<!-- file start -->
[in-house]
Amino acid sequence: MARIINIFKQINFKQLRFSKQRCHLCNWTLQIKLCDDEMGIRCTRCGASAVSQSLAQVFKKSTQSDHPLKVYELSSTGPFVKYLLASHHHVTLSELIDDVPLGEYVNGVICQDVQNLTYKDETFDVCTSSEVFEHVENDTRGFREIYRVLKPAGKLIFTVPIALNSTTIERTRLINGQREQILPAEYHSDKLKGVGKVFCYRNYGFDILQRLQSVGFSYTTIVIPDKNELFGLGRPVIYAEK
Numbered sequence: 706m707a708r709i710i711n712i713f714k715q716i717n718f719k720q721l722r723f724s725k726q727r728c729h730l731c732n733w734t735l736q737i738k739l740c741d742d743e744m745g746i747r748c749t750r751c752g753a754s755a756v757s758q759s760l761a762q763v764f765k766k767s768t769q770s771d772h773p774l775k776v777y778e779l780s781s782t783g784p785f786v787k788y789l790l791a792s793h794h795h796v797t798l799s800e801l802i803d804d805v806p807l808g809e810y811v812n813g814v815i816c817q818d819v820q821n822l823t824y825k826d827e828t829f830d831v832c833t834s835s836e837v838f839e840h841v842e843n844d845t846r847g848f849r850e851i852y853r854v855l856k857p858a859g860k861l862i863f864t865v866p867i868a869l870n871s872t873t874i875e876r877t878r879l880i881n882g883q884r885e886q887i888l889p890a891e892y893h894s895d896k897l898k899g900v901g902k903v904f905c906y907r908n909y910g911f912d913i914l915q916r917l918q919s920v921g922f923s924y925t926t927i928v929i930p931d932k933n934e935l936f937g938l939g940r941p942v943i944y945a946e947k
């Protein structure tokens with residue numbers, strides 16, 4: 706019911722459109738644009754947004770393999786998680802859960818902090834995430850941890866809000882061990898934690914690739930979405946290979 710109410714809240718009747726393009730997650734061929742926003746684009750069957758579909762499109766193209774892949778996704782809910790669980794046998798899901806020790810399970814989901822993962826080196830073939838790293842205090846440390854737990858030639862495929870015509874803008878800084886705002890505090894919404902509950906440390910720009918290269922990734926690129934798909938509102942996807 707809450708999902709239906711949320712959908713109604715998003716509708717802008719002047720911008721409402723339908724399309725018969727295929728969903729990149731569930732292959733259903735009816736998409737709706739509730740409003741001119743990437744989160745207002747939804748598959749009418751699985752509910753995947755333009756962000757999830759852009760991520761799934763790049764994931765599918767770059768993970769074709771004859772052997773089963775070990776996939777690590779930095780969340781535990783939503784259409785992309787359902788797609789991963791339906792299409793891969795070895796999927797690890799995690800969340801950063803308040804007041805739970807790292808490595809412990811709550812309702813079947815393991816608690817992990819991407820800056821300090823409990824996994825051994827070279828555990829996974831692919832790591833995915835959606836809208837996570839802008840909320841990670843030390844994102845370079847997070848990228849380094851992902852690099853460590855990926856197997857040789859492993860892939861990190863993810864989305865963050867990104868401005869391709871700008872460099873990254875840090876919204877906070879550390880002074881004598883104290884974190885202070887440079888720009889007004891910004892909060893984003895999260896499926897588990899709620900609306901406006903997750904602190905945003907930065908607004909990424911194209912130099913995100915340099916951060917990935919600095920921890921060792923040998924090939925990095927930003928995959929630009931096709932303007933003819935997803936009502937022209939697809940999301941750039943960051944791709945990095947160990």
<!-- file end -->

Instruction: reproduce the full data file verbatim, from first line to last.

[in-house]
Amino acid sequence: MARIINIFKQINFKQLRFSKQRCHLCNWTLQIKLCDDEMGIRCTRCGASAVSQSLAQVFKKSTQSDHPLKVYELSSTGPFVKYLLASHHHVTLSELIDDVPLGEYVNGVICQDVQNLTYKDETFDVCTSSEVFEHVENDTRGFREIYRVLKPAGKLIFTVPIALNSTTIERTRLINGQREQILPAEYHSDKLKGVGKVFCYRNYGFDILQRLQSVGFSYTTIVIPDKNELFGLGRPVIYAEK
Numbered sequence: 706m707a708r709i710i711n712i713f714k715q716i717n718f719k720q721l722r723f724s725k726q727r728c729h730l731c732n733w734t735l736q737i738k739l740c741d742d743e744m745g746i747r748c749t750r751c752g753a754s755a756v757s758q759s760l761a762q763v764f765k766k767s768t769q770s771d772h773p774l775k776v777y778e779l780s781s782t783g784p785f786v787k788y789l790l791a792s793h794h795h796v797t798l799s800e801l802i803d804d805v806p807l808g809e810y811v812n813g814v815i816c817q818d819v820q821n822l823t824y825k826d827e828t829f830d831v832c833t834s835s836e837v838f839e840h841v842e843n844d845t846r847g848f849r850e851i852y853r854v855l856k857p858a859g860k861l862i863f864t865v866p867i868a869l870n871s872t873t874i875e876r877t878r879l880i881n882g883q884r885e886q887i888l889p890a891e892y893h894s895d896k897l898k899g900v901g902k903v904f905c906y907r908n909y910g911f912d913i914l915q916r917l918q919s920v921g922f923s924y925t926t927i928v929i930p931d932k933n934e935l936f937g938l939g940r941p942v943i944y945a946e947k
């Protein structure tokens with residue numbers, strides 16, 4: 706019911722459109738644009754947004770393999786998680802859960818902090834995430850941890866809000882061990898934690914690739930979405946290979 710109410714809240718009747726393009730997650734061929742926003746684009750069957758579909762499109766193209774892949778996704782809910790669980794046998798899901806020790810399970814989901822993962826080196830073939838790293842205090846440390854737990858030639862495929870015509874803008878800084886705002890505090894919404902509950906440390910720009918290269922990734926690129934798909938509102942996807 707809450708999902709239906711949320712959908713109604715998003716509708717802008719002047720911008721409402723339908724399309725018969727295929728969903729990149731569930732292959733259903735009816736998409737709706739509730740409003741001119743990437744989160745207002747939804748598959749009418751699985752509910753995947755333009756962000757999830759852009760991520761799934763790049764994931765599918767770059768993970769074709771004859772052997773089963775070990776996939777690590779930095780969340781535990783939503784259409785992309787359902788797609789991963791339906792299409793891969795070895796999927797690890799995690800969340801950063803308040804007041805739970807790292808490595809412990811709550812309702813079947815393991816608690817992990819991407820800056821300090823409990824996994825051994827070279828555990829996974831692919832790591833995915835959606836809208837996570839802008840909320841990670843030390844994102845370079847997070848990228849380094851992902852690099853460590855990926856197997857040789859492993860892939861990190863993810864989305865963050867990104868401005869391709871700008872460099873990254875840090876919204877906070879550390880002074881004598883104290884974190885202070887440079888720009889007004891910004892909060893984003895999260896499926897588990899709620900609306901406006903997750904602190905945003907930065908607004909990424911194209912130099913995100915340099916951060917990935919600095920921890921060792923040998924090939925990095927930003928995959929630009931096709932303007933003819935997803936009502937022209939697809940999301941750039943960051944791709945990095947160990």